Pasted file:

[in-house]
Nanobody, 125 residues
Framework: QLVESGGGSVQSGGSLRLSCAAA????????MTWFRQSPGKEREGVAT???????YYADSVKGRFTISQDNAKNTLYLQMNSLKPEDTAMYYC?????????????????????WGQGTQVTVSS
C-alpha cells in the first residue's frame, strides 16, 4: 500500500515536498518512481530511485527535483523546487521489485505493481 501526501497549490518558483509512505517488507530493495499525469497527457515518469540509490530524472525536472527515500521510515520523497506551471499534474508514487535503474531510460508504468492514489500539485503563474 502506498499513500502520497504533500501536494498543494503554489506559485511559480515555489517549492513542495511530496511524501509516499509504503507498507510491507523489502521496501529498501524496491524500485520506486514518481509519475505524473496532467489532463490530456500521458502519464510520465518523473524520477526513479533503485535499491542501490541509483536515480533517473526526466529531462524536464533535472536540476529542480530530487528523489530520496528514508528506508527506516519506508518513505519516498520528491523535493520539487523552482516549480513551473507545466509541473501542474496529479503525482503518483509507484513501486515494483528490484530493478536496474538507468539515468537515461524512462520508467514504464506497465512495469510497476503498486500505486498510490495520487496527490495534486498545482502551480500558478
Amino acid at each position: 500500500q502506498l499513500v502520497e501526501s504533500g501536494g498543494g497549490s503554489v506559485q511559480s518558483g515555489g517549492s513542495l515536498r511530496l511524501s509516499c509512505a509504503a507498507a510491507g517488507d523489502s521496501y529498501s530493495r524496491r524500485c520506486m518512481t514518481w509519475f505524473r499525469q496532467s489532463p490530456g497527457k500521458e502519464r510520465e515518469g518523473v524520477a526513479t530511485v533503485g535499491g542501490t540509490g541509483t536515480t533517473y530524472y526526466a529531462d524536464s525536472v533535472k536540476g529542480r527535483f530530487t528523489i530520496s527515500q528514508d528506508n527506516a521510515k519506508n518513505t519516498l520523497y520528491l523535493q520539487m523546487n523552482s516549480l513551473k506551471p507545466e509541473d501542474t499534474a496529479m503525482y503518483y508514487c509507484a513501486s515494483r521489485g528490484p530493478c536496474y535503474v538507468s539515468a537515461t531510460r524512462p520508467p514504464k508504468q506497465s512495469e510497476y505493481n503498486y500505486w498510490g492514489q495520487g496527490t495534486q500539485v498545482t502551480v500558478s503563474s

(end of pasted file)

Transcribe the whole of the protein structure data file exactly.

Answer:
[in-house]
Nanobody, 125 residues
Framework: QLVESGGGSVQSGGSLRLSCAAA????????MTWFRQSPGKEREGVAT???????YYADSVKGRFTISQDNAKNTLYLQMNSLKPEDTAMYYC?????????????????????WGQGTQVTVSS
C-alpha cells in the first residue's frame, strides 16, 4: 500500500515536498518512481530511485527535483523546487521489485505493481 501526501497549490518558483509512505517488507530493495499525469497527457515518469540509490530524472525536472527515500521510515520523497506551471499534474508514487535503474531510460508504468492514489500539485503563474 502506498499513500502520497504533500501536494498543494503554489506559485511559480515555489517549492513542495511530496511524501509516499509504503507498507510491507523489502521496501529498501524496491524500485520506486514518481509519475505524473496532467489532463490530456500521458502519464510520465518523473524520477526513479533503485535499491542501490541509483536515480533517473526526466529531462524536464533535472536540476529542480530530487528523489530520496528514508528506508527506516519506508518513505519516498520528491523535493520539487523552482516549480513551473507545466509541473501542474496529479503525482503518483509507484513501486515494483528490484530493478536496474538507468539515468537515461524512462520508467514504464506497465512495469510497476503498486500505486498510490495520487496527490495534486498545482502551480500558478
Amino acid at each position: 500500500q502506498l499513500v502520497e501526501s504533500g501536494g498543494g497549490s503554489v506559485q511559480s518558483g515555489g517549492s513542495l515536498r511530496l511524501s509516499c509512505a509504503a507498507a510491507g517488507d523489502s521496501y529498501s530493495r524496491r524500485c520506486m518512481t514518481w509519475f505524473r499525469q496532467s489532463p490530456g497527457k500521458e502519464r510520465e515518469g518523473v524520477a526513479t530511485v533503485g535499491g542501490t540509490g541509483t536515480t533517473y530524472y526526466a529531462d524536464s525536472v533535472k536540476g529542480r527535483f530530487t528523489i530520496s527515500q528514508d528506508n527506516a521510515k519506508n518513505t519516498l520523497y520528491l523535493q520539487m523546487n523552482s516549480l513551473k506551471p507545466e509541473d501542474t499534474a496529479m503525482y503518483y508514487c509507484a513501486s515494483r521489485g528490484p530493478c536496474y535503474v538507468s539515468a537515461t531510460r524512462p520508467p514504464k508504468q506497465s512495469e510497476y505493481n503498486y500505486w498510490g492514489q495520487g496527490t495534486q500539485v498545482t502551480v500558478s503563474s